CWU COVID-19 procedures remain the same as influenza cases rise


Morgana Carroll and Joshua Packard

Medical Director of Student Health Services June Bredin said that CWU has seen low numbers of positive COVID-19 cases in the last two years, and said accessibility of at-home test kits may be the reason for lower cases.

COVID statistics for Kittitas County compiled by Washington Department of Health. Image courtesy of

“Most people are testing at home … all of the public health data is saying we don’t know how this correlates to the total numbers,” Bredin said. “We don’t have an accurate count because people are either not even bothering to test or they’re testing at home. If they’re not … they’re not following health precautions.”

According to Bredin, CWU is not being affected by the recent global surge because the surge in cases mostly stems from a new variant in Asia. Bredin said that in the event that the new variant did spread to the US the only way to properly prepare for any new variant is to stay updated on vaccinations.

Another concern that Bredin said she had was an increase in influenza cases this academic year. 

According to Bredin, influenza rates were lower the past two years because of the precautions people were taking to not get COVID-19. Bredin said now that people are going out in public again, they are coming into contact with influenza with much weaker immune systems.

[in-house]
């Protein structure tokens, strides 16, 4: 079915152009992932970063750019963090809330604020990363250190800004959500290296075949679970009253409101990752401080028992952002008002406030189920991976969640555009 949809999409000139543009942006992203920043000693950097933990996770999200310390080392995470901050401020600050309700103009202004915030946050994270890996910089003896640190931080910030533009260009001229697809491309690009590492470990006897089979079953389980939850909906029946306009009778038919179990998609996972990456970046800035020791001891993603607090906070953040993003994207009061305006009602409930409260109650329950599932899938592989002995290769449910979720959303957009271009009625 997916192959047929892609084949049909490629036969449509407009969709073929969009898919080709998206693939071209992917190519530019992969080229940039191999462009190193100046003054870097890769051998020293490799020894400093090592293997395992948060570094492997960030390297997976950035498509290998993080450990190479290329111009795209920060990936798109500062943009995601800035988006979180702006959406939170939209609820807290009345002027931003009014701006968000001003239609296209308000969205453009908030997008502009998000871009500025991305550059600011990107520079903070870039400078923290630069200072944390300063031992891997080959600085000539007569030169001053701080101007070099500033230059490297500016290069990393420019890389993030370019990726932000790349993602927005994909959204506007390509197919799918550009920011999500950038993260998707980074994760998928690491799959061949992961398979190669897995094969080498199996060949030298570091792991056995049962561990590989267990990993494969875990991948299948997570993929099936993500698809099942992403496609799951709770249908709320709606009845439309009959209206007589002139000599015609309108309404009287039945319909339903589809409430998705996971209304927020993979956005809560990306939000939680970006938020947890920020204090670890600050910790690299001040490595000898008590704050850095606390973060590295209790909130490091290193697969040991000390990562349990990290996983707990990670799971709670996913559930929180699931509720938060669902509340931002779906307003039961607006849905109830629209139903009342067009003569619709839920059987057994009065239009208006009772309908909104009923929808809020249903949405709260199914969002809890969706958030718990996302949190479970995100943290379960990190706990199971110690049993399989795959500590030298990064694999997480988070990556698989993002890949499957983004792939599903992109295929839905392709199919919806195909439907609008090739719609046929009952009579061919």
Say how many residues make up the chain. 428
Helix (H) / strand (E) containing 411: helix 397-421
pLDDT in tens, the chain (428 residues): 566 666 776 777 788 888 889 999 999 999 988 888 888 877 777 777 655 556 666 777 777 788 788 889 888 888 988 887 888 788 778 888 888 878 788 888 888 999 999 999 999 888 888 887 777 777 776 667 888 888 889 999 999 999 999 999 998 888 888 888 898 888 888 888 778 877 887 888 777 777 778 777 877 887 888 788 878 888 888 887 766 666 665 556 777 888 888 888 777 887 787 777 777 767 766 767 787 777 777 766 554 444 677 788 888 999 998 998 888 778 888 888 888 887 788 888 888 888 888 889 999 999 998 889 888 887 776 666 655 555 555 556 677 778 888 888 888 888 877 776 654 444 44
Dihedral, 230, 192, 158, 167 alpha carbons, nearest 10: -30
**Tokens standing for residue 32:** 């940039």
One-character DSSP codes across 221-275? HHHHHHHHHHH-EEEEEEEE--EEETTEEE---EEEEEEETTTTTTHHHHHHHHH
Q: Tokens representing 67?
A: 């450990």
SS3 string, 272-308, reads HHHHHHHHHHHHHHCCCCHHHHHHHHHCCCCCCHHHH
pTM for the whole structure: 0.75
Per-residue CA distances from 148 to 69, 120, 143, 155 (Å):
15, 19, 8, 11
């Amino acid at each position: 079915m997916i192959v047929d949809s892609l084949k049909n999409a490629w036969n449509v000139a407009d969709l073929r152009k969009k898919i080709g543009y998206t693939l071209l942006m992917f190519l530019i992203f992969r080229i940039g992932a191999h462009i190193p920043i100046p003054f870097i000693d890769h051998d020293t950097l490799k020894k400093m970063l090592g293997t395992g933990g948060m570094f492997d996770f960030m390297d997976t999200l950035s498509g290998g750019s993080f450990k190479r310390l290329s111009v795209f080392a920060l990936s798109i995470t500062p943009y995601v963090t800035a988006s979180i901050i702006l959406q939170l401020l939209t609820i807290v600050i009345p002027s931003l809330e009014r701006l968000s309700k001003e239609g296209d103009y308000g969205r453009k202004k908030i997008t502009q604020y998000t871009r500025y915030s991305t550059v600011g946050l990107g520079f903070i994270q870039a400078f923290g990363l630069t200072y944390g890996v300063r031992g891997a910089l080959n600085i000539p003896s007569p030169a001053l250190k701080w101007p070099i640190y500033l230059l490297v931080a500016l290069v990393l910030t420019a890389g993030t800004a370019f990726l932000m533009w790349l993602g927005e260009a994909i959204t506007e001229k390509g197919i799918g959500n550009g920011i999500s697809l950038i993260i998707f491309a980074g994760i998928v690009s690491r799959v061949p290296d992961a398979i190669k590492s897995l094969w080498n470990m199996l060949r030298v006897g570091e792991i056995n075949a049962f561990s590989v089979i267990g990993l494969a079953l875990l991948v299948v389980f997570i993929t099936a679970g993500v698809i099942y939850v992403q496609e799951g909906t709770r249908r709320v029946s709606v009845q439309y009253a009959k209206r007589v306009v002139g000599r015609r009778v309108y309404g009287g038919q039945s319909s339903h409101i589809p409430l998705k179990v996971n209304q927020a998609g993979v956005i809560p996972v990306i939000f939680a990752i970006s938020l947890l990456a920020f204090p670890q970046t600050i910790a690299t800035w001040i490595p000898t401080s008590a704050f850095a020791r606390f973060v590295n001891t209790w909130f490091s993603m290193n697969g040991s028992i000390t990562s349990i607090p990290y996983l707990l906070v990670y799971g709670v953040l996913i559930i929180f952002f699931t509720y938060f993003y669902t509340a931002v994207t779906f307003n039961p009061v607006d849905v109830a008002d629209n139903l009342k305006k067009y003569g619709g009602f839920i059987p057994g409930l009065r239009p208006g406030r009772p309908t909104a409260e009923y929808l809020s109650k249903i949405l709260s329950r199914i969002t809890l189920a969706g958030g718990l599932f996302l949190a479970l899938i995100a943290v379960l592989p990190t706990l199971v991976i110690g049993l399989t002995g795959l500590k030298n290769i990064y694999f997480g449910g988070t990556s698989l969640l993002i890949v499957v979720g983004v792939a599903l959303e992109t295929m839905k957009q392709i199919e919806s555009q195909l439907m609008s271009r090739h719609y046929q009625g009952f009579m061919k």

“We have multiple positive influenza [cases] for any single COVID positive that we have,” Bredin said. “Get vaccinated, you can do it [flu and COVID-19 vaccines] all at once.”

Bredin said she believes CWU is handling COVID-19 well.

“I feel our CWU administration has consulted with the appropriate public health officials and are following current common sense recommendations, and are responsive to new information as it comes out,” Bredin said. 

Students weigh in

Students have mixed feelings about how CWU is handling COVID-19 restrictions.

I think the school should make masks mandatory again and stay home if sick,” Bizzy Evans said. 

According to Bredin, whether CWU makes masks mandatory again depends on what local,state and administration officials decide in response to any changes. 

“CWU will continue to work closely with local and state officials, specifically Dr. Mark Larson (Kittitas County public health department’s health officer), Governor Jay Inslee and Washington Department of Health Secretary Umair Shah,” Bredin said. “Our shared governance groups on campus will work with President Wohlpart and the Executive Leadership Team on any formal decisions about masking requirements.”

Other students have said they don’t think CWU should have any restrictions until a surge in cases gets worse. 

“I haven’t seen any public cases recently. I’ve been coming back to class and there’s no masks or anything,” Senior majoring in media and journalism Isaiah Salevao said. “I think they’re doing a pretty good job so far.”

Salevao said he thinks the reason for a decline in public cases of COVID-19 is because students have a better understanding of the disease, and know to stay home if they don’t feel well. 

Student Luca Kuzma said, “[COVID-19 restrictions] depend on the situation. If there’s a spike of COVID, then more drastic measures, but if not, I think it’s fine the way it is.” 

Bredin said that her primary concern right now is vaccine fatigue, not just with COVID-19 but also influenza and RSV.

“After two years of required vaccinations, rates of voluntary COVID boosters and other vaccinations are relatively low this year,” Bredin said. “It’s fueling the increased incidence of acute influenza, including cases with fatal complications.”